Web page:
The people of the West tell us also that the transportation charges are too high.

They tell us that if they grow wheat, say at Regina, and they get sixty-five cents a bushel for it, that is not sufficient money to pay them. I have figured it up time and again with some of the best farmers to be found in the West, and I do not believe it is sufficient money to pay, except to farmers in a very large way of business. Remember that the country is not made up of farmers in a large way of business, and after all it is the ordinary farmer whom we must consider; it is the ordinary businessman whom we must consider. It is not the exceptions that we must consider in legislation of any kind. I could not help but smile when I heard my hon. friend (Mr. White) say that it would have been better if we had spent the money on agricultural education that we spent in building the Transcontinental railway.

There was another thing, very funny, that I heard my hon. friend the Minister of Finance say, and that was when discussing a statement made by my hon. friend the member for Red Deer (Mr. Clark) as to the duty on agricultural implements. He said that under reciprocity the duty was only reduced to fifteen per cent, which, he said, would have been there for evermore. The whole challenge from end to end of the land, when the reciprocity discussion was on, was that reciprocity was simply the thin edge of the wedge. But now the Minister of Finance tells us that this duty of if- per cent would have been left there forever if we had passed the reciprocity agreement. Hon. gentlemen opposite suggest that my right hon. leader (Sir Wilfrid Laurier) is not always consistent, but surely he is quite as consistent as hon. gentlemen opposite, especially as consistent as the Minister of Finance when he makes ironical remarks. The whole question at this time, after all, is, what is best in the interests of the country, not a question of what is best in the interests of the Liberal party or in the interests of the Conserva-party. I believe that at heart we all recognize that. There is no denying the fact, I am sorry to say, that there is privation and hardship in the country at this time. The Prime Minister and the Minister of Finance have said that times will improve. I believe as firmly as I believe that I am speaking to you now that, unless there is some change in the administration of the country for the benefit of the West, the times will not improve there. They say to the people of the West: Go into mixed farming.

They might as well tell me to go into flying. It takes money to go into mixed farming, and it takes time. It is the same as with

the agricultural education which the Minister of Finance advocated. It is true you may educate the farmer to a better system of farming under which he will grow more grain. The farmers in Ontario could raise from two to three times as much as they are raising now on the land which they use if they would farm properly. But it takes time to bring about these changes. In the meantime, what are the people on these 160-acre farms, and 320-acre farms-the small farmers of the West-going to do? Such a man, if his farm does not pay him, will desert his farm and let it fall into the hands of the mortgagee, and that will be a great setback to the country. He requires relief; he knows what that relief should be, and why not give it to him?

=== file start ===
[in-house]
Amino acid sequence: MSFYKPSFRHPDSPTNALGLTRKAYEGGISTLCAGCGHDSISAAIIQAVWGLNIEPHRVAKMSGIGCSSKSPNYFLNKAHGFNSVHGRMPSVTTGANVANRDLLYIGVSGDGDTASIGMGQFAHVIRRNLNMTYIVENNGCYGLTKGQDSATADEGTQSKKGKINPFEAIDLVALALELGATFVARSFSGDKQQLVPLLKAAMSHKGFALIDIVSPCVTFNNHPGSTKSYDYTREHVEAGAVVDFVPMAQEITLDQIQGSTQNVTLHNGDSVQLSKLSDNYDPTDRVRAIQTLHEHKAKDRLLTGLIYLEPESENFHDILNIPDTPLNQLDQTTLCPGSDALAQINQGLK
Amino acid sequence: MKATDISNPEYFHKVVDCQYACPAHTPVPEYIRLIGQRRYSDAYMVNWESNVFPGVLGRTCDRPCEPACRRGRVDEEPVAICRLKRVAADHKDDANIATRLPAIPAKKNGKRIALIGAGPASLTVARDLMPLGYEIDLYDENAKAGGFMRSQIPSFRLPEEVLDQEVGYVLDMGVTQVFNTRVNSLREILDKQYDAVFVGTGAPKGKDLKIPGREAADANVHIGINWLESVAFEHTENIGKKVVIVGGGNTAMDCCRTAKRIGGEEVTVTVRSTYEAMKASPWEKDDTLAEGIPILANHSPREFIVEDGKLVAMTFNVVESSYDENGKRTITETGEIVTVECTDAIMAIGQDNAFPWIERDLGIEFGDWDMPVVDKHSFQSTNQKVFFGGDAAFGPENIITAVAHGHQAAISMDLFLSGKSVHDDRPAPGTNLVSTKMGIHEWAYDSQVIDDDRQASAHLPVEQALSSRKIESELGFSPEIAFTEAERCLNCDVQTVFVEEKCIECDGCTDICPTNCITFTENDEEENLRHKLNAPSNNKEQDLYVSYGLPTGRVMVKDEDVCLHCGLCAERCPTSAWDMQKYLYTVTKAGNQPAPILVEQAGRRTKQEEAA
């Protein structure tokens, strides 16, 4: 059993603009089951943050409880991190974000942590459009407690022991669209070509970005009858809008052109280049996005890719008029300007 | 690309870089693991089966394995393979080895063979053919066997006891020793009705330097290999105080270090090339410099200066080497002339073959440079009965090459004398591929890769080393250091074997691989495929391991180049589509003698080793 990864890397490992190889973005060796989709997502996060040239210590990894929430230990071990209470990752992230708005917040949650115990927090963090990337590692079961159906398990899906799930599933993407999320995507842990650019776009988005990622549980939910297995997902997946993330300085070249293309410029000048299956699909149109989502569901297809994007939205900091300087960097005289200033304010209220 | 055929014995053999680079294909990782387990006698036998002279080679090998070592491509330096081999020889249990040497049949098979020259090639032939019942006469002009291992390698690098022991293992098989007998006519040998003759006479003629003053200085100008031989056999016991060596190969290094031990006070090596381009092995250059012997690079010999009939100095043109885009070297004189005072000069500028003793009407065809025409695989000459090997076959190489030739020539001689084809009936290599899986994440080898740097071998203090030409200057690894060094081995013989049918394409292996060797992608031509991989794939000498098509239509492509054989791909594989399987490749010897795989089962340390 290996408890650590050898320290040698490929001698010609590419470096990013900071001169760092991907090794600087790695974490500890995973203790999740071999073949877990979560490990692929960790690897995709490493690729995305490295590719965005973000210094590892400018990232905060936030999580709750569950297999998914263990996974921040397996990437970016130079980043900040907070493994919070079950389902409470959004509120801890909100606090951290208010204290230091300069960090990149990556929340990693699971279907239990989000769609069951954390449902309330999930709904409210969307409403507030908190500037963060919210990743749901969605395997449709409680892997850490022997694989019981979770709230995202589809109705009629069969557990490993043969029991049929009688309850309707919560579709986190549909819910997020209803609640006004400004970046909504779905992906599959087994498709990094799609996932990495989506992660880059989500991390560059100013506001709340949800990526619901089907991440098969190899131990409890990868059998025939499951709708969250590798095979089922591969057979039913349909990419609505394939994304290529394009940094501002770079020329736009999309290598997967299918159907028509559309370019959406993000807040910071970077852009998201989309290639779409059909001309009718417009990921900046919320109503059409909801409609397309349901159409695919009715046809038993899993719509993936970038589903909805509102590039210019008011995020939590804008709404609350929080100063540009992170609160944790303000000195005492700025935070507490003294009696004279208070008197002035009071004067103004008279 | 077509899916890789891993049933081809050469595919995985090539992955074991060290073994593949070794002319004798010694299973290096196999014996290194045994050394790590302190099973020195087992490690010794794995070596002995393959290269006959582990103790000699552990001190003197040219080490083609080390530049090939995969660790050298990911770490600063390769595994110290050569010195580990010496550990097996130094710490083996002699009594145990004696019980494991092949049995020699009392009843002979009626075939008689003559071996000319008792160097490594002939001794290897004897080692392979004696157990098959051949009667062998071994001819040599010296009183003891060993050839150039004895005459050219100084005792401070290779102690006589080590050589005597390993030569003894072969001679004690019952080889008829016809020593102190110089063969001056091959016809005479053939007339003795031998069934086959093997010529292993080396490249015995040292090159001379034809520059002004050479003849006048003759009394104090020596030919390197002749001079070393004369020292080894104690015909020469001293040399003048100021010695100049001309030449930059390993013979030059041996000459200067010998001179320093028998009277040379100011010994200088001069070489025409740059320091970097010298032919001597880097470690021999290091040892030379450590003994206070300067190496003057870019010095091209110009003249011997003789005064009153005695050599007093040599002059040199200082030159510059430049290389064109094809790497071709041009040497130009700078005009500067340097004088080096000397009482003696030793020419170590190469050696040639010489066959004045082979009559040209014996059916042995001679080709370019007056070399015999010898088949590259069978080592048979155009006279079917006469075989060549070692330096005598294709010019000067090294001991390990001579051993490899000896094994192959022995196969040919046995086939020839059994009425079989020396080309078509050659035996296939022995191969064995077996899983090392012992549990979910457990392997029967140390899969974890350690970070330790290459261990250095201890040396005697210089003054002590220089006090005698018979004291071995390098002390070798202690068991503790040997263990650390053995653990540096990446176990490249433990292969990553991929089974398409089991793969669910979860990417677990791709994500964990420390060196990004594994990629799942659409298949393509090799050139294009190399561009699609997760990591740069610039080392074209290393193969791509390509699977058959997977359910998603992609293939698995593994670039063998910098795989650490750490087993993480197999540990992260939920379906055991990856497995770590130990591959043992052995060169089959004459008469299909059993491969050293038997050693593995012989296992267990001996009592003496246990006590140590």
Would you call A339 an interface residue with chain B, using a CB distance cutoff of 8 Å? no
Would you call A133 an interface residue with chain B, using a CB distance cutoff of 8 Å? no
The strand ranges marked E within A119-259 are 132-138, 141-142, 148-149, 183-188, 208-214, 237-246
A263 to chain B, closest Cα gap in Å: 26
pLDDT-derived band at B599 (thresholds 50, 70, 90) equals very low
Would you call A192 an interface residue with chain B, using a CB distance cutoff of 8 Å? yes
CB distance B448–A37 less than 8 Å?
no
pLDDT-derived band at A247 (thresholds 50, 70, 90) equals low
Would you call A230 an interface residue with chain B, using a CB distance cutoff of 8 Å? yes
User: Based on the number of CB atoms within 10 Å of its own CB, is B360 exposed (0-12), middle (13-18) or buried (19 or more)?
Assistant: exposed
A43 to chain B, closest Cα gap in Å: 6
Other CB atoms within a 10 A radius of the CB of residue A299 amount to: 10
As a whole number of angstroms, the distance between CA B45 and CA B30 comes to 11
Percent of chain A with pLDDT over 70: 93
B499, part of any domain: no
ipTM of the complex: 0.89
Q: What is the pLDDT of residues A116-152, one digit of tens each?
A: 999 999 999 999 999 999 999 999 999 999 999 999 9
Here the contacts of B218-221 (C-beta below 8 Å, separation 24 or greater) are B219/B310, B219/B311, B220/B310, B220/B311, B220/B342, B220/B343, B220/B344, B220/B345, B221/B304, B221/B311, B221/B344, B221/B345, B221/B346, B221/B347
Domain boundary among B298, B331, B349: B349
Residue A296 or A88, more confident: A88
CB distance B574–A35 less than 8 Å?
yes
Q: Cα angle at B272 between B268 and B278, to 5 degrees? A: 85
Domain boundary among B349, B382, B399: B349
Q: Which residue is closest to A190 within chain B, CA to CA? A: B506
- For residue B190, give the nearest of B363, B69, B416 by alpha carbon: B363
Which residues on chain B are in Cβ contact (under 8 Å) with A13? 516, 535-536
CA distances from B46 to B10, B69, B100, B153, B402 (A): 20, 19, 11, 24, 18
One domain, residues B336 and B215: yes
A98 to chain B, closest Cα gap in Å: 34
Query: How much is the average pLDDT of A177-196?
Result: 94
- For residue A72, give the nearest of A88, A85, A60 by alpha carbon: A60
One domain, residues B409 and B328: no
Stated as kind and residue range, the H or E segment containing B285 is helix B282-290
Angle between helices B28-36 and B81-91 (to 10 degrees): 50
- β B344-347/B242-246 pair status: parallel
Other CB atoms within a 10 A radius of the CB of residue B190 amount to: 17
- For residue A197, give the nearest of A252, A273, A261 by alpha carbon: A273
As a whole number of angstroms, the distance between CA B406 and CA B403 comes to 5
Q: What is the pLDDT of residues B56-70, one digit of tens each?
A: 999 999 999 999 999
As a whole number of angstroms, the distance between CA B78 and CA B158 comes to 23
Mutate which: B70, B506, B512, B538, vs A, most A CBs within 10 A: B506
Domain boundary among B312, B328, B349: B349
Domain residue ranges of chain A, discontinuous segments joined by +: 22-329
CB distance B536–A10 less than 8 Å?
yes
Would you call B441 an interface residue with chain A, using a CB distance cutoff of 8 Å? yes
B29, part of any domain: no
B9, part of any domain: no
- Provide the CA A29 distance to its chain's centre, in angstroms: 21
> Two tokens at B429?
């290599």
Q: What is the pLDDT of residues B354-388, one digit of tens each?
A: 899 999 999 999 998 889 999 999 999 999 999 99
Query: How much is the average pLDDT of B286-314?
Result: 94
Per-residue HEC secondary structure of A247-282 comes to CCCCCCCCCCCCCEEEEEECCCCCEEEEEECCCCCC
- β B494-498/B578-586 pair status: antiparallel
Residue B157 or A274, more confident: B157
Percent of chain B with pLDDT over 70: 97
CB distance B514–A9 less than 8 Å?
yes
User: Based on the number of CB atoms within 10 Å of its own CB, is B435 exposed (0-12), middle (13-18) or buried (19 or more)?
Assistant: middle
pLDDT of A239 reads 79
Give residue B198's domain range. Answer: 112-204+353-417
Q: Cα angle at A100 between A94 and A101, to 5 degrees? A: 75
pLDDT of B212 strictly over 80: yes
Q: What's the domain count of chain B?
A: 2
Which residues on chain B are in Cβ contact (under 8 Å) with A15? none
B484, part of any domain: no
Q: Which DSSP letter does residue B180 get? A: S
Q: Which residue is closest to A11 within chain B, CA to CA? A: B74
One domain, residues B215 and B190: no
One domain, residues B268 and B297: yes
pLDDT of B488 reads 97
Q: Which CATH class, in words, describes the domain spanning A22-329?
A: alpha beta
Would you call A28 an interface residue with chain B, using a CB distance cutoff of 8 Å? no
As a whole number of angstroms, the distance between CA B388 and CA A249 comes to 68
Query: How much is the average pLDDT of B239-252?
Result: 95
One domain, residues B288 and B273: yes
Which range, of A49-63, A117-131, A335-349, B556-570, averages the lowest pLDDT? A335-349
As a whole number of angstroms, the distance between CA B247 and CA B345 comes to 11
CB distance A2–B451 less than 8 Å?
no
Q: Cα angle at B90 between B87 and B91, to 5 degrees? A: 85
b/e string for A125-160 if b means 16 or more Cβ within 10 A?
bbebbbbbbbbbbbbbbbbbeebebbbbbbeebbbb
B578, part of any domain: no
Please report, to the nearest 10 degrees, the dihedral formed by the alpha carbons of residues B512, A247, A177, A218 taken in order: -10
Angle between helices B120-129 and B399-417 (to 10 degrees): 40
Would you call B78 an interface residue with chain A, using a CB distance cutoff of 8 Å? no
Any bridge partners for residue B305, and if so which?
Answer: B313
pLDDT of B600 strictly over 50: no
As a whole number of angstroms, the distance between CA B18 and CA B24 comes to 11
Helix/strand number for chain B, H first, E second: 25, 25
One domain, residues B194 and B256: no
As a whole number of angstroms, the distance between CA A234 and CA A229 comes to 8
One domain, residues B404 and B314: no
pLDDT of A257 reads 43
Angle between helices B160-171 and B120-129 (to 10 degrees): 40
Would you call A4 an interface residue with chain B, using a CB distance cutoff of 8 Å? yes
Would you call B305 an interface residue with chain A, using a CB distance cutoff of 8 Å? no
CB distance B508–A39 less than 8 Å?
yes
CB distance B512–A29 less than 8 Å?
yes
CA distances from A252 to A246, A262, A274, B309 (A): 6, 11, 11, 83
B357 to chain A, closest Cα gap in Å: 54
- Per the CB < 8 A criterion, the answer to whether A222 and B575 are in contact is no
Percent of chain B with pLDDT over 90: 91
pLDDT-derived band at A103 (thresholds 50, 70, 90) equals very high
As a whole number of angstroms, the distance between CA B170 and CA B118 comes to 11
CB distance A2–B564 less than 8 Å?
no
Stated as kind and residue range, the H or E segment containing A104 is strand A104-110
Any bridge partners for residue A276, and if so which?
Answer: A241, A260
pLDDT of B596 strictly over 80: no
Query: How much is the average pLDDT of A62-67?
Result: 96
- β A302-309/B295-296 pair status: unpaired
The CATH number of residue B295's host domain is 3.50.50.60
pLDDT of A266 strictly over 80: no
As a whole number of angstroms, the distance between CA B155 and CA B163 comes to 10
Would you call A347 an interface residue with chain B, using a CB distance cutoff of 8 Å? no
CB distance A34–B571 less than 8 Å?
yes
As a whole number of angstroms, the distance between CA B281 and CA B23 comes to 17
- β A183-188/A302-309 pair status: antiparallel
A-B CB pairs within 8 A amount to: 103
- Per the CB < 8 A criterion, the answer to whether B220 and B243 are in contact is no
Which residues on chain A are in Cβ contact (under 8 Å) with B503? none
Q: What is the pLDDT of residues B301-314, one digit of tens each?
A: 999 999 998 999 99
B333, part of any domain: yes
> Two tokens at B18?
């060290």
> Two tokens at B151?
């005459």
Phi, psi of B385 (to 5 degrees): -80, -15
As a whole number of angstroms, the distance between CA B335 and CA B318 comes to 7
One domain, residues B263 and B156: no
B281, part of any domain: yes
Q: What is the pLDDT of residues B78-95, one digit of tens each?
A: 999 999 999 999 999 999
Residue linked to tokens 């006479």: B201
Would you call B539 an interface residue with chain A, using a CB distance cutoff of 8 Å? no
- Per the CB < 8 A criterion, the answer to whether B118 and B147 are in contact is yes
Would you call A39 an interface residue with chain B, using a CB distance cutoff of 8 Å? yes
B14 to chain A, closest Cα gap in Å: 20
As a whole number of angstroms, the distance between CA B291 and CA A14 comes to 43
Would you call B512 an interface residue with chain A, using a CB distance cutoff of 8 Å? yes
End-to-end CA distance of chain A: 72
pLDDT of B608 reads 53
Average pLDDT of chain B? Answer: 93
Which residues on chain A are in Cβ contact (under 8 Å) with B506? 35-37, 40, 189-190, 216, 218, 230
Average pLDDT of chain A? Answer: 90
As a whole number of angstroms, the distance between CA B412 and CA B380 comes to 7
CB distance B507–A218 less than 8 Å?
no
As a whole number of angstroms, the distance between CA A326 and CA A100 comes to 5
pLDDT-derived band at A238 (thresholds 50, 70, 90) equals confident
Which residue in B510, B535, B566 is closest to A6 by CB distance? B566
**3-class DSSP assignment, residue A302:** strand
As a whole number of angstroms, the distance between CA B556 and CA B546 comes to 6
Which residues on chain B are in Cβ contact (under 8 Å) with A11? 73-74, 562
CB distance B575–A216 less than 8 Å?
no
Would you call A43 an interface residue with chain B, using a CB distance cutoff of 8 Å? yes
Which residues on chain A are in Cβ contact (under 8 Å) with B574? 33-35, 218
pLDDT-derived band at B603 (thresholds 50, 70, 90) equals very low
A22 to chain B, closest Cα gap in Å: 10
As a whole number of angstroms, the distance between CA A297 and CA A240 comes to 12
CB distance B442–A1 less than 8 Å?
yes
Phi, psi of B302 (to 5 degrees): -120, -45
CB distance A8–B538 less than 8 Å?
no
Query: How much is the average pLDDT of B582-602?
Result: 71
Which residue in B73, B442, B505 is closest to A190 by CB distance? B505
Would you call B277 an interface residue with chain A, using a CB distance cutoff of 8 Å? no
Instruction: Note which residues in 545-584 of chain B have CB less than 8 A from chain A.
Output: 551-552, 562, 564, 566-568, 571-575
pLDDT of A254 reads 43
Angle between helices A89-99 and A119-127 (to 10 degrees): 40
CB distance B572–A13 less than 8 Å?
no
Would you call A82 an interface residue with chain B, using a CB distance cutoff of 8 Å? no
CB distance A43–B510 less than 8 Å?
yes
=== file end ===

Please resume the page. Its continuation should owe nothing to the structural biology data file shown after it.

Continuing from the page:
Edward Norman Lewis

Conservative (1867-1942)

Mr. E. N. LEWIS (West Huron):

Mr. Speaker, speaking, as I do, for the first time from my seat in the front row of the Government side in this House, I trust you will excuse my diffidence and not allow any imperfection in my presentation of the matters which I wish to submit to prevent you from giving due attention to the facts which I desire to lay before you, and through you before this House.

I was disappointed at not seeing in the Speech from the Throne some reference to the transportation question in relation to the great inland waterways of Canada. I fear that many hon. members, coming as they do from parts of Canada distant from the centres of lake traffic, have no idea of the hugeness of that traffic. To convey to you some idea of what that traffic means, I desire to lay a few facts before you. Sir, we are fortunate in having in Canada a waterway of thousands of miles- to put it accurately-2,384 miles-reaching from the head of salt water navigation to the heart of the country and affording, to a great extent, deep-water navigation to the heart of the continent and making the line of least resistance for the traffic of the one hundred millions of people who line that waterway. To illustrate the size of this traffic, let me give a comparison of canal tonnage. Take the great Suez canal which now takes the traffic of the entire continent of Europe and the British Islands through to Australia and the Orient,-that traffic which originally went around the Cape of Good Hope-and we find that in the year 1911 there were 5,200 vessels passed through that canal, with a freight tonnage of 25,000,000 tons. In the year 1911 there passed through the Sault Ste. Marie canal 25,000,000 vessels. In the year 1913, instead